Adjuvant therapy for clinical localized prostate cancer treated with surgery or irradiation

Academic Article


  • Objective: Because of efficacy demonstrated with chemotherapy in patients with metastatic disease, the National Prostate Cancer Project in 1978 initiated two protocols evaluating adjuvant therapy following surgery (Protocol 900) and irradiation (Protocol 1000) for patients with localized disease at high risk for relapse. Methods: All patients underwent staging pelvic lymph node dissection. Following definitive treatment, patients were randomized to either cyclophosphamide 1 g/m2 intravenously every 3 weeks for 2 years, estramustine phosphate 600 mg/m2 orally daily for 2 years or to observation only. Accession closed in 1985 and included 184 patients in Protocol 900 (170 evaluable) and 253 in Protocol 1000 (233 evaluable). Results: Nodal involvement was identified in 198 patients (49% of total): 29% in Protocol 900 and 63% in protocol 1000. Median progression-free survival (PFS) and survival have been greater for patients in Protocol 900 regardless of adjuvant, reflecting their lower pathologic stage. Median PFS is significantly greater for patients in Protocol 1000 receiving estramustine (52.2 months) compared to cyclophosphamide (35.0 months). Median PFS for patients with nodal involvement in Protocol 1000 receiving estramustine is increased (43.5 months) compared to no treatment (21.5 months). Patients with limited nodal involvement in Protocol 1000 have a longer median PFS (45.6 months) compared to patients with extensive disease (23.6 months). But in the latter group patients receiving estramustine experienced a significantly longer median PFS (43.5 months) compared to cyclophosphamide (29.1 months) or no adjuvant (13.5 months). Increased PFS with estramustine adjuvant was also noted in stage C patients (only Protocol 900) and in those with high-grade (grade 3) tumors (both protocols). Conclusions: With now over 10 years mean follow-up for this series of patients, we conclude that adjuvant estramustine is beneficial for prostate cancer patients receiving definitive irradiation. This benefit is particularly noted in those patients with extensive nodal involvement (N+, D-1).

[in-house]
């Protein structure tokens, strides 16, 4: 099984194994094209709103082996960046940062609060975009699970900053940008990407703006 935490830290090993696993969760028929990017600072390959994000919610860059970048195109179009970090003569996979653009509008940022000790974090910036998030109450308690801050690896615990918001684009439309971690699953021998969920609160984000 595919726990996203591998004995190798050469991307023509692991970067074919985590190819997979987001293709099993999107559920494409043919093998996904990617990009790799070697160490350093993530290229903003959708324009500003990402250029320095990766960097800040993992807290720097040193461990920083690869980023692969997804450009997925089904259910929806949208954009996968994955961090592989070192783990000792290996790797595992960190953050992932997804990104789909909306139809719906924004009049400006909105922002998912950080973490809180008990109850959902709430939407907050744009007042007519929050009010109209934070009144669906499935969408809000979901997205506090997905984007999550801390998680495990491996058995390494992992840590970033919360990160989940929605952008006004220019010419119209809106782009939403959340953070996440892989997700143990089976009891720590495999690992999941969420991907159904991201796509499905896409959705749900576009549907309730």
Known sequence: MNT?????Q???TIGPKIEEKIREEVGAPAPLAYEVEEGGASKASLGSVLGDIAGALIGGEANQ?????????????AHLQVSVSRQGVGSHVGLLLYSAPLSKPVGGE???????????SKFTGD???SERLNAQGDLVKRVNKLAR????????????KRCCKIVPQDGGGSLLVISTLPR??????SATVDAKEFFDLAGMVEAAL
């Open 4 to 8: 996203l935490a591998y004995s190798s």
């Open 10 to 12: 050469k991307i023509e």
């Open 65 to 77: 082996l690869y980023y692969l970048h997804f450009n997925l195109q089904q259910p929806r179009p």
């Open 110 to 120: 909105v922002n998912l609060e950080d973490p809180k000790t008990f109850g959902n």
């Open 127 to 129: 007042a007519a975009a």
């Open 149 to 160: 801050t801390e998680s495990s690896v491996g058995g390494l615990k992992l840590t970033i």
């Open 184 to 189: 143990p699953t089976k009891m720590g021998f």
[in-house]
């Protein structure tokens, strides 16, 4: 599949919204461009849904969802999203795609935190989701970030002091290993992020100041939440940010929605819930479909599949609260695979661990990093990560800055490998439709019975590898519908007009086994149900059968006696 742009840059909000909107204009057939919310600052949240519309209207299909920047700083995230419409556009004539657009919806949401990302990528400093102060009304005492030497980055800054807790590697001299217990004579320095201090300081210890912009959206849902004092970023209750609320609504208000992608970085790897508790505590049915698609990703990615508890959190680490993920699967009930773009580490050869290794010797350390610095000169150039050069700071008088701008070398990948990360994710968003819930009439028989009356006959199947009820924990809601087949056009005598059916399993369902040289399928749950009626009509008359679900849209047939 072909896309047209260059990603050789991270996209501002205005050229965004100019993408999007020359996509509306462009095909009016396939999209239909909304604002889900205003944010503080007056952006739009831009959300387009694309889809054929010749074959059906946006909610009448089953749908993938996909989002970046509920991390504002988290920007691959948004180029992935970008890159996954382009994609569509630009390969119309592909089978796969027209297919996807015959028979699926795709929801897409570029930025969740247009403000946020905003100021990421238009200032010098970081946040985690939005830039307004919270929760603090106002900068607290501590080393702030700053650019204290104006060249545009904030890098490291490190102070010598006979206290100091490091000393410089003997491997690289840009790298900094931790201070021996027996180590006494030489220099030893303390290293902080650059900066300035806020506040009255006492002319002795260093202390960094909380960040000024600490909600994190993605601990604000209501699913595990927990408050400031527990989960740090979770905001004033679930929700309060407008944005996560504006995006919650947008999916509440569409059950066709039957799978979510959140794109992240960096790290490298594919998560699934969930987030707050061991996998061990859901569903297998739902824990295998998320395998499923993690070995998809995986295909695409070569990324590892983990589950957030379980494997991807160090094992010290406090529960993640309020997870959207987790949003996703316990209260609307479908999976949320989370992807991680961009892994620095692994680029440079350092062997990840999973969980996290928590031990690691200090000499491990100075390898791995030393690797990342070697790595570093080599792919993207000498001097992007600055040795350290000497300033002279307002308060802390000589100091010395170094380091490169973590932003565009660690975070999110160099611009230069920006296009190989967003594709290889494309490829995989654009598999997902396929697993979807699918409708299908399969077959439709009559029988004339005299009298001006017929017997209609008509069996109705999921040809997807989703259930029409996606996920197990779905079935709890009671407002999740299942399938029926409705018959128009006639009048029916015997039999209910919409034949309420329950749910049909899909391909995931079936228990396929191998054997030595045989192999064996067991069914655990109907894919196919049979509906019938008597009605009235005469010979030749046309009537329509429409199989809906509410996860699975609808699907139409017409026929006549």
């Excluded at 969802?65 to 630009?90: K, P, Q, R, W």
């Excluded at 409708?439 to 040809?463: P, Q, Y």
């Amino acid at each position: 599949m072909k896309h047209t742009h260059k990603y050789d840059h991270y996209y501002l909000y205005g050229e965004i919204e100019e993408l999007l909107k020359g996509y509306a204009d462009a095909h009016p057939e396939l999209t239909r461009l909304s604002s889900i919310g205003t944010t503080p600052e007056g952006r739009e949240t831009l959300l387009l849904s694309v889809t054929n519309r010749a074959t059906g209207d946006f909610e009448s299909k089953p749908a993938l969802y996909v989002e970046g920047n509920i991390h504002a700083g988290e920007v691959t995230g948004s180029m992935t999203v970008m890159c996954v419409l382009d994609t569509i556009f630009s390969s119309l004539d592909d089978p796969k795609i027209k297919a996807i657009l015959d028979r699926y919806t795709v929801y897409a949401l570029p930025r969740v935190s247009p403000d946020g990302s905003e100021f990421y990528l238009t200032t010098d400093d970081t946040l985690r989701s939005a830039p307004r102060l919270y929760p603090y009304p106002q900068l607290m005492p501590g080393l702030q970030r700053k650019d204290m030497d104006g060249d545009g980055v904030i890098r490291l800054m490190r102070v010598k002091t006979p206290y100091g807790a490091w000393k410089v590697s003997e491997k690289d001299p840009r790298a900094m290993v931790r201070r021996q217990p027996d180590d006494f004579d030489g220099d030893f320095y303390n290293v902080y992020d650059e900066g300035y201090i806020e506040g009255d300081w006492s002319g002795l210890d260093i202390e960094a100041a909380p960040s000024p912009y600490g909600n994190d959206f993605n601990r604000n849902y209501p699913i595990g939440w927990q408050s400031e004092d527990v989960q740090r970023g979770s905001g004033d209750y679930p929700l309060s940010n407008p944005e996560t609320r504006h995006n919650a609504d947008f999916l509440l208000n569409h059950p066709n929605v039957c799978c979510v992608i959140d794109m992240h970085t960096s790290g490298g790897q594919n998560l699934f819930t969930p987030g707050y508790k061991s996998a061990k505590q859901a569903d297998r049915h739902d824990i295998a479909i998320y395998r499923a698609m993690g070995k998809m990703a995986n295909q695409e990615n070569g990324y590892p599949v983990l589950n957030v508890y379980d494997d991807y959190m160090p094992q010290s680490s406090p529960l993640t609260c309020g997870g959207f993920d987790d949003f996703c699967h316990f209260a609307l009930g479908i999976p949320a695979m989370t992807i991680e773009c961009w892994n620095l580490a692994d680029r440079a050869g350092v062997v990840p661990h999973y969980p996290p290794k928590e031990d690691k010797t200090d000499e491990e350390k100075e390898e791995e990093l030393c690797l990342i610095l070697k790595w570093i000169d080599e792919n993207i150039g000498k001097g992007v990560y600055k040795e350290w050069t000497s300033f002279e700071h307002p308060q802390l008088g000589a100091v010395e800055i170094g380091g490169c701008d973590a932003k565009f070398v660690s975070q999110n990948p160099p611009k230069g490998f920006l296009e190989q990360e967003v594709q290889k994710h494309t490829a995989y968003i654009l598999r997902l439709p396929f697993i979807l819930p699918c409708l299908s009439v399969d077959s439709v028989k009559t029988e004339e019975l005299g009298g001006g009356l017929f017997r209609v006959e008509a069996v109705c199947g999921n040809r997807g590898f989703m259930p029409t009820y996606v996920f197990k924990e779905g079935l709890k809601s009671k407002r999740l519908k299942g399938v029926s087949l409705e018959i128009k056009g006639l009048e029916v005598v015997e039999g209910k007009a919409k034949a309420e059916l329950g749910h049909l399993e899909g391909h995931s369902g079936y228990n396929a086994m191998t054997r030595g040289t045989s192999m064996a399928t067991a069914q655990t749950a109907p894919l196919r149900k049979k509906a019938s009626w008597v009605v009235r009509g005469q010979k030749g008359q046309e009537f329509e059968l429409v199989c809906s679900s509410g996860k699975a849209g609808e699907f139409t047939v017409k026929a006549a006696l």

• Published In

  • European Urology  Journal
  • Digital Object Identifier (doi)

    Author List

  • Schmidt JD; Gibbons RP; Murphy GP; Bartolucci A
  • Start Page

  • 425
  • End Page

  • 433
  • Volume

  • 29
  • Issue

  • 4